Friday, April 26, 2019

A Moose, a Bear, and Now This

Gossips learned today that, earlier this week, a rabid skunk was spotted in the vicinity of Partition Street and East Allen Street. It was shot by police in the backyard of a house on East Allen Street.

Skunks are nocturnal animals, but they are sometimes active during the day. Sighting a skunk in the daytime does not necessarily mean the skunk is rabid. You should be wary, however, and call the police if you see a skunk that is staggering, wandering aimlessly, shaking, or foaming at the mouth.


  1. In the event this is more widespread than anyone realizes, it wouldn't hurt for the City to have some sort of response plan at the ready.

  2. There is a raccoon roaming around the backyard of houses on the 500 block of Union Street. This is a serious problem, because raccoons are the vector for a deadly neurological disease named baylisascaris, as well as rabies and leptospirosis.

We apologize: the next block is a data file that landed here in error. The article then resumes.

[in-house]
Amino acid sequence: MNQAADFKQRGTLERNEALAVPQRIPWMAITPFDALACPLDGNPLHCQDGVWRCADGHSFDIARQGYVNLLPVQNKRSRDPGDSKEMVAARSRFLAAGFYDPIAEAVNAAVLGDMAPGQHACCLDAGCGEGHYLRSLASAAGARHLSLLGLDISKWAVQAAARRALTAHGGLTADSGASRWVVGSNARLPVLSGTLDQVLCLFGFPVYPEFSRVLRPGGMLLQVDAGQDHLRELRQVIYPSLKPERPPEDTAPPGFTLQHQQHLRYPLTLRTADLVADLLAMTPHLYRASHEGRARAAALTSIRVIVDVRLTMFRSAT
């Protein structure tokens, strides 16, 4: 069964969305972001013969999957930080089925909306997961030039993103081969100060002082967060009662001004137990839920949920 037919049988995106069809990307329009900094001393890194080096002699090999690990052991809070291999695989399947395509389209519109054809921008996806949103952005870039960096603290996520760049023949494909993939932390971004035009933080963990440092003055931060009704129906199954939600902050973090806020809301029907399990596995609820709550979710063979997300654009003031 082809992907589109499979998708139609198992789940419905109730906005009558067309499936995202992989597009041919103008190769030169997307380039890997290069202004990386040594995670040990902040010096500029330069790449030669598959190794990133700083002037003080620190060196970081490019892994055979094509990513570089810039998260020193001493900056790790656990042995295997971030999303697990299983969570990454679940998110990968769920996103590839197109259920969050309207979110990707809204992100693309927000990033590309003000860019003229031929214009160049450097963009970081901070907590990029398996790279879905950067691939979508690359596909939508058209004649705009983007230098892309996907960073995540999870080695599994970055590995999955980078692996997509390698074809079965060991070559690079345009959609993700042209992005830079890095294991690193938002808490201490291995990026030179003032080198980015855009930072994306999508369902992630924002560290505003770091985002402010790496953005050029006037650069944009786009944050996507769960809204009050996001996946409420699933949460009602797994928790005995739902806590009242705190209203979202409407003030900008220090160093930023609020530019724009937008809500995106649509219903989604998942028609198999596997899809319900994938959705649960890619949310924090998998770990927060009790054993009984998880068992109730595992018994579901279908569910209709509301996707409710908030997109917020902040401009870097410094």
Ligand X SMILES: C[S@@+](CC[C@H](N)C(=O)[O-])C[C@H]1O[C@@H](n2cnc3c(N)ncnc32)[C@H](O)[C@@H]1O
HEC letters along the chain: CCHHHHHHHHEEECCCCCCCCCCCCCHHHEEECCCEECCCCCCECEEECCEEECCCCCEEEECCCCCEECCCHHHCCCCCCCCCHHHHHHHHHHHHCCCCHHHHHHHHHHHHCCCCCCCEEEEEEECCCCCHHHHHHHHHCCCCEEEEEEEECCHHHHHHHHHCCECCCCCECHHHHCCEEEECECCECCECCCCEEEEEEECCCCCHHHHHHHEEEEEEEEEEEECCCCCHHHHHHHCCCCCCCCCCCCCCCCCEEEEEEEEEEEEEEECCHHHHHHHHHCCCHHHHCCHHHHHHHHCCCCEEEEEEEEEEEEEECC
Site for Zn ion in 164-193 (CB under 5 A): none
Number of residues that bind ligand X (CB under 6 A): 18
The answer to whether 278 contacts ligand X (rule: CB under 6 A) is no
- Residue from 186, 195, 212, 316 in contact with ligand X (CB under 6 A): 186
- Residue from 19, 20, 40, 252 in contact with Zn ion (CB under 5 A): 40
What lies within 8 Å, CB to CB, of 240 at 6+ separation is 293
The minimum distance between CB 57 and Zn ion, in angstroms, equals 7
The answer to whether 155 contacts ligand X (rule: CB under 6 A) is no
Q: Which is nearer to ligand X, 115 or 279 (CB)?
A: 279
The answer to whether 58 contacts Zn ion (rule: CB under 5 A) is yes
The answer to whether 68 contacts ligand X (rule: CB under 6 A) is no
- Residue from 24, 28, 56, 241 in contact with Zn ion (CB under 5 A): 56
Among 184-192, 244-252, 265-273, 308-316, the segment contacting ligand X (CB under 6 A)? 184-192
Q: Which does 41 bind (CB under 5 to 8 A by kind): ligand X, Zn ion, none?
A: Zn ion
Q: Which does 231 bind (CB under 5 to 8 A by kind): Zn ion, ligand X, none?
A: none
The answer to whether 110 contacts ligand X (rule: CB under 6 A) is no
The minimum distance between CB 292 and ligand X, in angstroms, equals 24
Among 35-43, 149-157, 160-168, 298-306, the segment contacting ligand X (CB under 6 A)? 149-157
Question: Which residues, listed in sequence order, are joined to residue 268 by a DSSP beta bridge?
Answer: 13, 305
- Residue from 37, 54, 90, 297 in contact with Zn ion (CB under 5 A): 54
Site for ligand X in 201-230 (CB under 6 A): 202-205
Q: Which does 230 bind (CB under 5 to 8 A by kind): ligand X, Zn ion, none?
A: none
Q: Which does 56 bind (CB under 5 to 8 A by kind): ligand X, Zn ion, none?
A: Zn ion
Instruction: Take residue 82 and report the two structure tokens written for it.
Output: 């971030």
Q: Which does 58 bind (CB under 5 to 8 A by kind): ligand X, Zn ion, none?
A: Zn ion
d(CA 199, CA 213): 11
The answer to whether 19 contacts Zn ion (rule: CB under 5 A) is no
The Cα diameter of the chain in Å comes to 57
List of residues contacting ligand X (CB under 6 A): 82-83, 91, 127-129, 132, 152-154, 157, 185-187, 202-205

Since this is a public health issue, I notified City Hall and the county health department. Neither entity offered any assistance, and the health department suggested that I hire someone to trap the animal.

    It is hard to understand why neither the city nor the health department have the resources to capture the raccoon. In the meantime, I suggest that people stop putting out cat food for feral cats, because they are attracting wild animals like skunks and raccoons, which eat the cat food, to the city.

    1. Several days ago I observed a disoriented squirrel in the 1st Ward, but the best I could get from anyone local was "call the DEC." That's not good enough.